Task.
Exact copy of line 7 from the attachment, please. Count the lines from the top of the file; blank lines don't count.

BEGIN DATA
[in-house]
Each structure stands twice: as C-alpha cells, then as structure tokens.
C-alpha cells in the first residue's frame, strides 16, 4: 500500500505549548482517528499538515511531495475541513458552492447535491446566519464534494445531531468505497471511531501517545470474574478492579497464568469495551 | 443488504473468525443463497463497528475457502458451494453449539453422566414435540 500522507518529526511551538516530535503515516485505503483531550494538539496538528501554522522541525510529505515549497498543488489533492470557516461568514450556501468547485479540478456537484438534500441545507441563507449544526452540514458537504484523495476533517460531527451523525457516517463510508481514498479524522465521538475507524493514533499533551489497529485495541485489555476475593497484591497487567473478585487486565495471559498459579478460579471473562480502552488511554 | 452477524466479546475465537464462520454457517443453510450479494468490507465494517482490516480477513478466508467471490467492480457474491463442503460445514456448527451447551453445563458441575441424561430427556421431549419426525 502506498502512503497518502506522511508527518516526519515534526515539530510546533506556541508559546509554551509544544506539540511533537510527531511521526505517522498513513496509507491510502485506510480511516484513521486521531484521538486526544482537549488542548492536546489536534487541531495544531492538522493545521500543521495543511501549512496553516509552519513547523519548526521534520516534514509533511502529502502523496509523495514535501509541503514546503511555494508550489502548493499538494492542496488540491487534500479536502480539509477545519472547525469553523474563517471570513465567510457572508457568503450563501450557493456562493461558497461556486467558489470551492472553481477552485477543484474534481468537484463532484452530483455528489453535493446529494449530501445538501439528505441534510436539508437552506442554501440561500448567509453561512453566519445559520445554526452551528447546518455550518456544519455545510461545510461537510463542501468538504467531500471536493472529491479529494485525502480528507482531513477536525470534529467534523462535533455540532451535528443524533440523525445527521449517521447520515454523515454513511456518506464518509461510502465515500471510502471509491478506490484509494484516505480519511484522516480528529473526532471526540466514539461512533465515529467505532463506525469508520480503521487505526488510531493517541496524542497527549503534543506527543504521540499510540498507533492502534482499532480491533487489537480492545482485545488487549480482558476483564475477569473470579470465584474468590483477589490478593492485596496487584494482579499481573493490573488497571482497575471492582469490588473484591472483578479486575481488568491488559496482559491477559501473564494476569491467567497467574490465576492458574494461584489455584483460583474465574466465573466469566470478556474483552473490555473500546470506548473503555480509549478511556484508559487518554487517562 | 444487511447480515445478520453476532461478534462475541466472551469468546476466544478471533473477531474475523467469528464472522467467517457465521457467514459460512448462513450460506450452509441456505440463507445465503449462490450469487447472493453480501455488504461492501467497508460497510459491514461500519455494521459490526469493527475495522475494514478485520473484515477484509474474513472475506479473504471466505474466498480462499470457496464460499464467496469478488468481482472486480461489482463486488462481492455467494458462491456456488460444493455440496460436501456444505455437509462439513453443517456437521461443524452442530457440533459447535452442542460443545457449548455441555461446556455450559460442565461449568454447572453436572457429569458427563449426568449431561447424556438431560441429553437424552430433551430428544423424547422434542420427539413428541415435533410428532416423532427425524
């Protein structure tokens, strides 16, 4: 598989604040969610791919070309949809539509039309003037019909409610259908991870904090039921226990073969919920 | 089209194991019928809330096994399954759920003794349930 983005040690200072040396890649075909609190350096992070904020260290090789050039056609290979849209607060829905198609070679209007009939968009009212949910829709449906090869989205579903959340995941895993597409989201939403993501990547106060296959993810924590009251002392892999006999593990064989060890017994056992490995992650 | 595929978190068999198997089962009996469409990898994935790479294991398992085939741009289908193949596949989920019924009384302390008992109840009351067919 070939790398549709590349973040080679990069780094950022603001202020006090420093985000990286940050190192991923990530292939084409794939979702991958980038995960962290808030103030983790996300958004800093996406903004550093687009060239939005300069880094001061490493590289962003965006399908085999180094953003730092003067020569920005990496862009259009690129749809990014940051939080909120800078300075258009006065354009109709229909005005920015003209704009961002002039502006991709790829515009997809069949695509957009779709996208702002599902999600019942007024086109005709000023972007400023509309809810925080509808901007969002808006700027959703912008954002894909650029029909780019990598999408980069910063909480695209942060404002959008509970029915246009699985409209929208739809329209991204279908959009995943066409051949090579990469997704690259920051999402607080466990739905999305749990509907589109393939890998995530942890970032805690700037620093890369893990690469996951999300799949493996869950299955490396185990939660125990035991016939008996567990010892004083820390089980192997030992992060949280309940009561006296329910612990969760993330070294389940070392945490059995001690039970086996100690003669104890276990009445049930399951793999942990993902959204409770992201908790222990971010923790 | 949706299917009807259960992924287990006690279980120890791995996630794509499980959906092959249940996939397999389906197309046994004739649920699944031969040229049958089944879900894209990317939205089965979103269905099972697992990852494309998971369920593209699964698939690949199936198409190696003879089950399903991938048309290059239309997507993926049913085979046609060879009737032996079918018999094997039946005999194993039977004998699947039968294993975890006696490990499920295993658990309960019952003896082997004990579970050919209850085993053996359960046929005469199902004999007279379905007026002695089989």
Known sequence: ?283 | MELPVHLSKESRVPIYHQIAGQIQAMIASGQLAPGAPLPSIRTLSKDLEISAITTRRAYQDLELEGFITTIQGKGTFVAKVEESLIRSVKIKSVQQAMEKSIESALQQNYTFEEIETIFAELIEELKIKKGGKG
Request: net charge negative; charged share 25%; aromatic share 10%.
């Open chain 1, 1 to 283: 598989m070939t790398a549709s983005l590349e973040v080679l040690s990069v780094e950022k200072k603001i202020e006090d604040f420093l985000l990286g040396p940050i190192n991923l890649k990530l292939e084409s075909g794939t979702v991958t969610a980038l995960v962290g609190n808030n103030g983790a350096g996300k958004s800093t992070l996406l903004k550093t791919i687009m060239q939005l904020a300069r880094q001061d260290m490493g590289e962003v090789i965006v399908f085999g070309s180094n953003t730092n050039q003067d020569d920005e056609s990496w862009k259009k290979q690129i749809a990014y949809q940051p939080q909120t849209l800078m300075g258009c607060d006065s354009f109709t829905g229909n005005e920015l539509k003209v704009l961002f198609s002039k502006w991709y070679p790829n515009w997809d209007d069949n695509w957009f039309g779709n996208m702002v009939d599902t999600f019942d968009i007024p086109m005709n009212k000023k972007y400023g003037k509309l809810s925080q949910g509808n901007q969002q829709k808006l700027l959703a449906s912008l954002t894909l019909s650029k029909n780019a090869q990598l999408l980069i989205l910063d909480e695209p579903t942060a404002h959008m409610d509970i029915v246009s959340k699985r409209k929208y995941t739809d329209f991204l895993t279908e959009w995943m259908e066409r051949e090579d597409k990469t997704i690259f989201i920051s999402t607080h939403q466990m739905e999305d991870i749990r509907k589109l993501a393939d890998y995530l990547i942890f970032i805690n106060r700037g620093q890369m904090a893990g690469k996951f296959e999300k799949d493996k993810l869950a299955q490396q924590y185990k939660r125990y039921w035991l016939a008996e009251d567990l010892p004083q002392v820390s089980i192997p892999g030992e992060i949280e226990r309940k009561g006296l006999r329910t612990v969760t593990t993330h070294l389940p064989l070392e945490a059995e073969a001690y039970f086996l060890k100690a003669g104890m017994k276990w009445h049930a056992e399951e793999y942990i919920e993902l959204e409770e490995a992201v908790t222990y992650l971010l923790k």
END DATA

């Open chain 1, 1 to 283: 598989m070939t790398a549709s983005l590349e973040v080679l040690s990069v780094e950022k200072k603001i202020e006090d604040f420093l985000l990286g040396p940050i190192n991923l890649k990530l292939e084409s075909g794939t979702v991958t969610a980038l995960v962290g609190n808030n103030g983790a350096g996300k958004s800093t992070l996406l903004k550093t791919i687009m060239q939005l904020a300069r880094q001061d260290m490493g590289e962003v090789i965006v399908f085999g070309s180094n953003t730092n050039q003067d020569d920005e056609s990496w862009k259009k290979q690129i749809a990014y949809q940051p939080q909120t849209l800078m300075g258009c607060d006065s354009f109709t829905g229909n005005e920015l539509k003209v704009l961002f198609s002039k502006w991709y070679p790829n515009w997809d209007d069949n695509w957009f039309g779709n996208m702002v009939d599902t999600f019942d968009i007024p086109m005709n009212k000023k972007y400023g003037k509309l809810s925080q949910g509808n901007q969002q829709k808006l700027l959703a449906s912008l954002t894909l019909s650029k029909n780019a090869q990598l999408l980069i989205l910063d909480e695209p579903t942060a404002h959008m409610d509970i029915v246009s959340k699985r409209k929208y995941t739809d329209f991204l895993t279908e959009w995943m259908e066409r051949e090579d597409k990469t997704i690259f989201i920051s999402t607080h939403q466990m739905e999305d991870i749990r509907k589109l993501a393939d890998y995530l990547i942890f970032i805690n106060r700037g620093q890369m904090a893990g690469k996951f296959e999300k799949d493996k993810l869950a299955q490396q924590y185990k939660r125990y039921w035991l016939a008996e009251d567990l010892p004083q002392v820390s089980i192997p892999g030992e992060i949280e226990r309940k009561g006296l006999r329910t612990v969760t593990t993330h070294l389940p064989l070392e945490a059995e073969a001690y039970f086996l060890k100690a003669g104890m017994k276990w009445h049930a056992e399951e793999y942990i919920e993902l959204e409770e490995a992201v908790t222990y992650l971010l923790k």